While User Experience is generally regarded and defined for the web, it really appears all around us. Driving to work is an experience, as is boiling a kettle, even sitting on a chair is an experience. Whoever is having the experience is the user.
Don Norman talks about a common UX principle in his book, The Design of Everyday Things, affordances and signifiers. Affordances are the actions possible by a specific object, and a signifier is an indicator or clue that the affordance exists.
[This wooden box affords the user to open it because of the way it was designed.]
[By adding the button it now signifies to the user that they are able to open it whereas before it could have easily been missed.]
A case study that demonstrates affordances and signifiers is found offline, in New York City in the 1980’s. They overcame their increasingly high crime-rate using the The Broken Window Theory developed by James Q. Wilson and George L. Kelling. The theory is closely tied to the principle of affordances and signifiers. It states that maintaining and monitoring urban environments to prevent small crimes can create an atmosphere of order and lawfulness which may stop further vandalism and escalation into more serious crime.
This worked particularly well on subway cars in NYC. A subway car afforded people to graffiti it, as the surface was flat and the graffiti would be visible to whoever caught the subway. In turn, having graffiti on the subway car signified to other people that the subway car was an affordance for graffiti, indicating to those inclined to graffiti more subway cars. By following the Broken Window Theory and taking a no-tolerance approach to vandalism (if the subway cars were graffitied every single night, the city would clean them every single morning), crime was dramatically reduced and the big city that was crime ridden became a safer place to live.
Affordances and signifiers have become increasingly important to guide the user experience for not only our offline lives but our online lives as well, yet we see these principles skipped often.
Too often we find ourselves getting seduced by new and interesting design patterns or ways to display content that we forget this can come at a price in terms of usability for certain users. As designers and developers we can use affordances and signifiers to aide a fluid user experience for our audience across the website, app or product we are building.
If you are building something for an elderly audience it’s best to explicitly communicate the possibility of an intended action. Some great examples of this are the iPhone slide to unlock animation. Not only does the animation follow the direction in which the user should slide but it also explicitly tells the user “slide to unlock”. This leaves little room for failure which in turn provides a better experience for all types of users.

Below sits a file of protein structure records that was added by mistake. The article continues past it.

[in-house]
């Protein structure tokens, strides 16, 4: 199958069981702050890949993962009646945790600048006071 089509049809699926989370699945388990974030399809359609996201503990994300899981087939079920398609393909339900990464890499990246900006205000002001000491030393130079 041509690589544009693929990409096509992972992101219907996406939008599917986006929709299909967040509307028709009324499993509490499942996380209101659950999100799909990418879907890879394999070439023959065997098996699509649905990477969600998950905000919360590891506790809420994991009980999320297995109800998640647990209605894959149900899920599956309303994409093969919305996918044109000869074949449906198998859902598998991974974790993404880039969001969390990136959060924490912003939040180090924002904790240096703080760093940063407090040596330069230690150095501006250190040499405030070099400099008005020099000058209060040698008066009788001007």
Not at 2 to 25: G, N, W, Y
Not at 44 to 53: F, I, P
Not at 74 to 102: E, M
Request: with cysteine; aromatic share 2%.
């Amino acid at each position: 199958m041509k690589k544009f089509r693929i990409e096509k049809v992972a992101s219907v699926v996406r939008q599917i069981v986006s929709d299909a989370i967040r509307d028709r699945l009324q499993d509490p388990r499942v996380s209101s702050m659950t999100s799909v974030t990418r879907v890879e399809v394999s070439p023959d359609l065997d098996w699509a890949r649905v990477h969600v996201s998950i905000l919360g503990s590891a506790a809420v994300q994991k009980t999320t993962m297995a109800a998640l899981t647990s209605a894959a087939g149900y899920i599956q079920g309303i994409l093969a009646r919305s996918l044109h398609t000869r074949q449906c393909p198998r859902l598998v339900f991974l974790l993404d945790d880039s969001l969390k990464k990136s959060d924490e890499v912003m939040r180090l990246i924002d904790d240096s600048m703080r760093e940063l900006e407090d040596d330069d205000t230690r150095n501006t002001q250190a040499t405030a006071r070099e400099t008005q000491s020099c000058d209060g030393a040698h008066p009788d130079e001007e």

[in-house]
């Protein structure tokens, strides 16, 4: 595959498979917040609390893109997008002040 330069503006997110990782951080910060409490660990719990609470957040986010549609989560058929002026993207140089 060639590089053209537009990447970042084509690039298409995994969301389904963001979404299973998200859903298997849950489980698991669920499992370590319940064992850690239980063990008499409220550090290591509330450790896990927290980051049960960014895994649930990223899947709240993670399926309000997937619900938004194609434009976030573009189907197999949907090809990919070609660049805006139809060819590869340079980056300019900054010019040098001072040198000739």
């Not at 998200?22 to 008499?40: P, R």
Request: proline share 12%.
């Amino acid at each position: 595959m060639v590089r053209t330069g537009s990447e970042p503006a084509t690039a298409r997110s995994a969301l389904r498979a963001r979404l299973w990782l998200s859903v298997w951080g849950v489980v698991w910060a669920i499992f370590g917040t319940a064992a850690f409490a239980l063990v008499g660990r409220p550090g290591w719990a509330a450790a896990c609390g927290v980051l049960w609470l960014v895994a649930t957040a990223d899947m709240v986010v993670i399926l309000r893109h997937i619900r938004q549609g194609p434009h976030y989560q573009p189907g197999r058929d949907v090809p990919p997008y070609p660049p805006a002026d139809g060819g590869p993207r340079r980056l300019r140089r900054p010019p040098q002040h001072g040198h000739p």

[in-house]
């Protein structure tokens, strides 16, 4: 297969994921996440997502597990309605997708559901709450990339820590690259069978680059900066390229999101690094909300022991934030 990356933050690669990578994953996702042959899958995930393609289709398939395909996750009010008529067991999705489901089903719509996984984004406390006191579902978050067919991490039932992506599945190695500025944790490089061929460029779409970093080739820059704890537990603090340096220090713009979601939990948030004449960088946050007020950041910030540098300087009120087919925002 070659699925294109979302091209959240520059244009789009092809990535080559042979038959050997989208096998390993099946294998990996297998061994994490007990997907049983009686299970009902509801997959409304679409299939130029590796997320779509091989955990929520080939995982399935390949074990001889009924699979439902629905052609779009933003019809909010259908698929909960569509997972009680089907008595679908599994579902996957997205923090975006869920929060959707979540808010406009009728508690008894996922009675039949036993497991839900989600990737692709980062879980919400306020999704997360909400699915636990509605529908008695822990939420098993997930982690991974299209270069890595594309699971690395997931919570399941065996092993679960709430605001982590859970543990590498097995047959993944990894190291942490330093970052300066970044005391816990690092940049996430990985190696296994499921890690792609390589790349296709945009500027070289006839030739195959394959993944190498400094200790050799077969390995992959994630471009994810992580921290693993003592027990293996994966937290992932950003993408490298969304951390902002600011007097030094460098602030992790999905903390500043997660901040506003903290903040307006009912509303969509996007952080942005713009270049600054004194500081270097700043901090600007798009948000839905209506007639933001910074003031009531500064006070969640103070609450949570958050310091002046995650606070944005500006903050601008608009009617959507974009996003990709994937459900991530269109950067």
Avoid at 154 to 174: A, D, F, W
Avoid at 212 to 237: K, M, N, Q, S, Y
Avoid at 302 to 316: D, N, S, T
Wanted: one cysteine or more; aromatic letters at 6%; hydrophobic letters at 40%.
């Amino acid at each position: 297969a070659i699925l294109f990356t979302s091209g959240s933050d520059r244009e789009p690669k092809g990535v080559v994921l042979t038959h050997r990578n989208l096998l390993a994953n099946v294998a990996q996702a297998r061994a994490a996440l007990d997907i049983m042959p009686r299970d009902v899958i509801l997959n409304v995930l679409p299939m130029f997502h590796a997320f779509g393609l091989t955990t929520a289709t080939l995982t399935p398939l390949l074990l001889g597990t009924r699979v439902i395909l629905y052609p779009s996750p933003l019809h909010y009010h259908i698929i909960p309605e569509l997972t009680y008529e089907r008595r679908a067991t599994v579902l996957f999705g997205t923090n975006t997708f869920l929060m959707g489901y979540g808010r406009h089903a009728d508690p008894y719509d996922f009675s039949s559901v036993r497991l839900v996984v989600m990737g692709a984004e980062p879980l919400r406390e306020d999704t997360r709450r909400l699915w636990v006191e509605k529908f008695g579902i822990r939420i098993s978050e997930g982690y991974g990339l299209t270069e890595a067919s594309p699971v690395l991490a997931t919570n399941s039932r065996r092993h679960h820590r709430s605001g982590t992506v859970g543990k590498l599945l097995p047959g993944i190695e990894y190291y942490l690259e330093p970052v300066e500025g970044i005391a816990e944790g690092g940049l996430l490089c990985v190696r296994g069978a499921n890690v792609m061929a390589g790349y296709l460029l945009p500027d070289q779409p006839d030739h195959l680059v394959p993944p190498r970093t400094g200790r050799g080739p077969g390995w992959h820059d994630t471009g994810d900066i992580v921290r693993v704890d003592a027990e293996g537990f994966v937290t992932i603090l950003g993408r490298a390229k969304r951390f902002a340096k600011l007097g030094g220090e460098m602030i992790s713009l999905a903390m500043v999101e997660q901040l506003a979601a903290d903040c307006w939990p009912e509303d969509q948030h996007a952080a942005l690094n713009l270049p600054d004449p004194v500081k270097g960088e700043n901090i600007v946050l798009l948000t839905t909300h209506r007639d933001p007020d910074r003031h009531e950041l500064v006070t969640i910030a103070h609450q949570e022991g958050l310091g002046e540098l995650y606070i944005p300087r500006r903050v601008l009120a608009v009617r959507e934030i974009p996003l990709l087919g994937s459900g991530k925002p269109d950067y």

If your users are more tech-savvy, then you could have more room for experimenting with your design. Google’s Material Design introduces a button called the Floating Action Button which plays around with the level of visibility of certain elements.
This button is used by multiple applications in different ways. If the user is using an app for the first time that makes use of this design pattern, it can be quite unclear what this button will do, however that becomes less important than the user knowing that this button will produce a hidden menu. Most users will quickly start exploring the screen when they download an app, clicking on everything to see what they can find and do. When they click on the Floating Action Button, they will quickly discover what lies beneath the button, thus becoming a learned behavior. This saves space on the screen as no labels or explicit affordances are required until the user requests them.
[Google Inbox uses the Floating Action Button to reveal your favorite contacts, reminders, a invite button as well as turning the actual button into a Compose button.]
Signifiers and affordances can be a designer’s greatest weapon. When we understand who we are designing for, we are able to either highlight certain elements more clearly or experiment with our design. Our designs should always be interesting and delightful but more importantly — useful and clear to our users. As soon as we are able to achieve this balance all the tasks in our designs that need to be completed are done so in such a simple sensical manner that the design becomes not only intuitive — but invisible.
Disclaimer: The statements and opinions expressed in this article are those of the author(s) and do not necessarily reflect the positions of Thoughtworks.